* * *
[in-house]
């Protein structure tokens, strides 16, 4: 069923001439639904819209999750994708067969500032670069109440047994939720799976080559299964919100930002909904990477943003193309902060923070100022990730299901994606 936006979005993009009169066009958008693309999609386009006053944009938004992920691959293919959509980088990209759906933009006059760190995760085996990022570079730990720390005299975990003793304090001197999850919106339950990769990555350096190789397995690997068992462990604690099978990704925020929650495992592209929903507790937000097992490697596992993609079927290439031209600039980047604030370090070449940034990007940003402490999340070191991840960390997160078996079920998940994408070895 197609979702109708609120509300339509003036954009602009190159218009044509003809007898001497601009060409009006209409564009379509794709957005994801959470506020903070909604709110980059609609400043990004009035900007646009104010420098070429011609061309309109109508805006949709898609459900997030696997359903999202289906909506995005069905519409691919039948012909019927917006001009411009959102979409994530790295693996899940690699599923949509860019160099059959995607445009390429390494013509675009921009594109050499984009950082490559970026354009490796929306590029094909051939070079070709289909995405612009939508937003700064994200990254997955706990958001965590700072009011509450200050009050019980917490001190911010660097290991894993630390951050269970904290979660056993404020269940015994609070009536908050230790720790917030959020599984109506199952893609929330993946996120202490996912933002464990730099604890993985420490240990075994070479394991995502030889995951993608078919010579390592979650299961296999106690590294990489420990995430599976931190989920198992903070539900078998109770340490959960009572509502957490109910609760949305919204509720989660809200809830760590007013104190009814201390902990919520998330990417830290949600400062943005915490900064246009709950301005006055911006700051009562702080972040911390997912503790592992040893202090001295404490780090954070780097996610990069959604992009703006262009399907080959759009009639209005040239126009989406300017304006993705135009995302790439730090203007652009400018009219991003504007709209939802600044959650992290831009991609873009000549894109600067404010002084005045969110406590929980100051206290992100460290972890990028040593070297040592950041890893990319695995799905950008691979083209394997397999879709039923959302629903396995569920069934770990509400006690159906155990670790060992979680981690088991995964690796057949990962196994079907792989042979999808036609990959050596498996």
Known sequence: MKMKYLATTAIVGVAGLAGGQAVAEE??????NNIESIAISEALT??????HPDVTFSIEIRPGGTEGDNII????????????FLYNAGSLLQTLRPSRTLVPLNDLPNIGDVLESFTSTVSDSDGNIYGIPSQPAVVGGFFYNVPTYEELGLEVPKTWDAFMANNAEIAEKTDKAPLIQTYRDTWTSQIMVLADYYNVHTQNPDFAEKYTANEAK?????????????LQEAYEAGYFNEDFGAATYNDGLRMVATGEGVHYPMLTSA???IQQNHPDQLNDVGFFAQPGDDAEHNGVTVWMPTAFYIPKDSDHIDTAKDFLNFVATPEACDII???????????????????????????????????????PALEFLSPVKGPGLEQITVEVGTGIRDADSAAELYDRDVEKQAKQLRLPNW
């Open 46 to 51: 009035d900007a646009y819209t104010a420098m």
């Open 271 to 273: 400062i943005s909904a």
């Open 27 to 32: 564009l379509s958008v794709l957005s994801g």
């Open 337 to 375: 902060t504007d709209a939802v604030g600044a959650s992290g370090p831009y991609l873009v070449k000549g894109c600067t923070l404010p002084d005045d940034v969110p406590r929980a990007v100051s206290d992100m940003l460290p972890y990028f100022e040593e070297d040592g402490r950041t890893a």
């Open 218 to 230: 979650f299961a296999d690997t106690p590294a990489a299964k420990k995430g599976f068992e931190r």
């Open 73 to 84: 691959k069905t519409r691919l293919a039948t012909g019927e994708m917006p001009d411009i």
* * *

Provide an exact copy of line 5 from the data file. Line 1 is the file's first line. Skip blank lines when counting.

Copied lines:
């Open 271 to 273: 400062i943005s909904a």